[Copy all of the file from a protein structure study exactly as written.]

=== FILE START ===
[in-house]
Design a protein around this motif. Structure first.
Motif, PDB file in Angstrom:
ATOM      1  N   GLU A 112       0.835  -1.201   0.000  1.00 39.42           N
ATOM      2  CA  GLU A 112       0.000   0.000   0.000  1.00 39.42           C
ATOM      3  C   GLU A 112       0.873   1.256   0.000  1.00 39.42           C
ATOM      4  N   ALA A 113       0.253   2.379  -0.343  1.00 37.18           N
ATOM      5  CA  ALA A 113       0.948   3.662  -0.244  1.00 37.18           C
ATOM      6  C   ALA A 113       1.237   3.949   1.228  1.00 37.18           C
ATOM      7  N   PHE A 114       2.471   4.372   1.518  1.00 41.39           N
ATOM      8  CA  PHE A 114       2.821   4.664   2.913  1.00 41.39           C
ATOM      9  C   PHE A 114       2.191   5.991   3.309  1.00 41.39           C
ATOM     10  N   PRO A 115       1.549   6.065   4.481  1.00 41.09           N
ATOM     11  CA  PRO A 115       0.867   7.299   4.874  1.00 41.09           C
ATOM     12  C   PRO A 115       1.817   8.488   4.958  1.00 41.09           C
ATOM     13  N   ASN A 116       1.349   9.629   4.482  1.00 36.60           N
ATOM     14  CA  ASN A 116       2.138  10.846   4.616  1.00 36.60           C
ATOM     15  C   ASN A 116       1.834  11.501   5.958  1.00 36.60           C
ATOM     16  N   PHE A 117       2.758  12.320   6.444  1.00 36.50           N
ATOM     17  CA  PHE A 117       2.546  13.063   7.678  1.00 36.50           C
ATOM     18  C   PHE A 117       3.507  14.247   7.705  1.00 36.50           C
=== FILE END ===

[in-house]
Design a protein around this motif. Structure first.
Motif, PDB file in Angstrom:
ATOM      1  N   GLU A 112       0.835  -1.201   0.000  1.00 39.42           N
ATOM      2  CA  GLU A 112       0.000   0.000   0.000  1.00 39.42           C
ATOM      3  C   GLU A 112       0.873   1.256   0.000  1.00 39.42           C
ATOM      4  N   ALA A 113       0.253   2.379  -0.343  1.00 37.18           N
ATOM      5  CA  ALA A 113       0.948   3.662  -0.244  1.00 37.18           C
ATOM      6  C   ALA A 113       1.237   3.949   1.228  1.00 37.18           C
ATOM      7  N   PHE A 114       2.471   4.372   1.518  1.00 41.39           N
ATOM      8  CA  PHE A 114       2.821   4.664   2.913  1.00 41.39           C
ATOM      9  C   PHE A 114       2.191   5.991   3.309  1.00 41.39           C
ATOM     10  N   PRO A 115       1.549   6.065   4.481  1.00 41.09           N
ATOM     11  CA  PRO A 115       0.867   7.299   4.874  1.00 41.09           C
ATOM     12  C   PRO A 115       1.817   8.488   4.958  1.00 41.09           C
ATOM     13  N   ASN A 116       1.349   9.629   4.482  1.00 36.60           N
ATOM     14  CA  ASN A 116       2.138  10.846   4.616  1.00 36.60           C
ATOM     15  C   ASN A 116       1.834  11.501   5.958  1.00 36.60           C
ATOM     16  N   PHE A 117       2.758  12.320   6.444  1.00 36.50           N
ATOM     17  CA  PHE A 117       2.546  13.063   7.678  1.00 36.50           C
ATOM     18  C   PHE A 117       3.507  14.247   7.705  1.00 36.50           C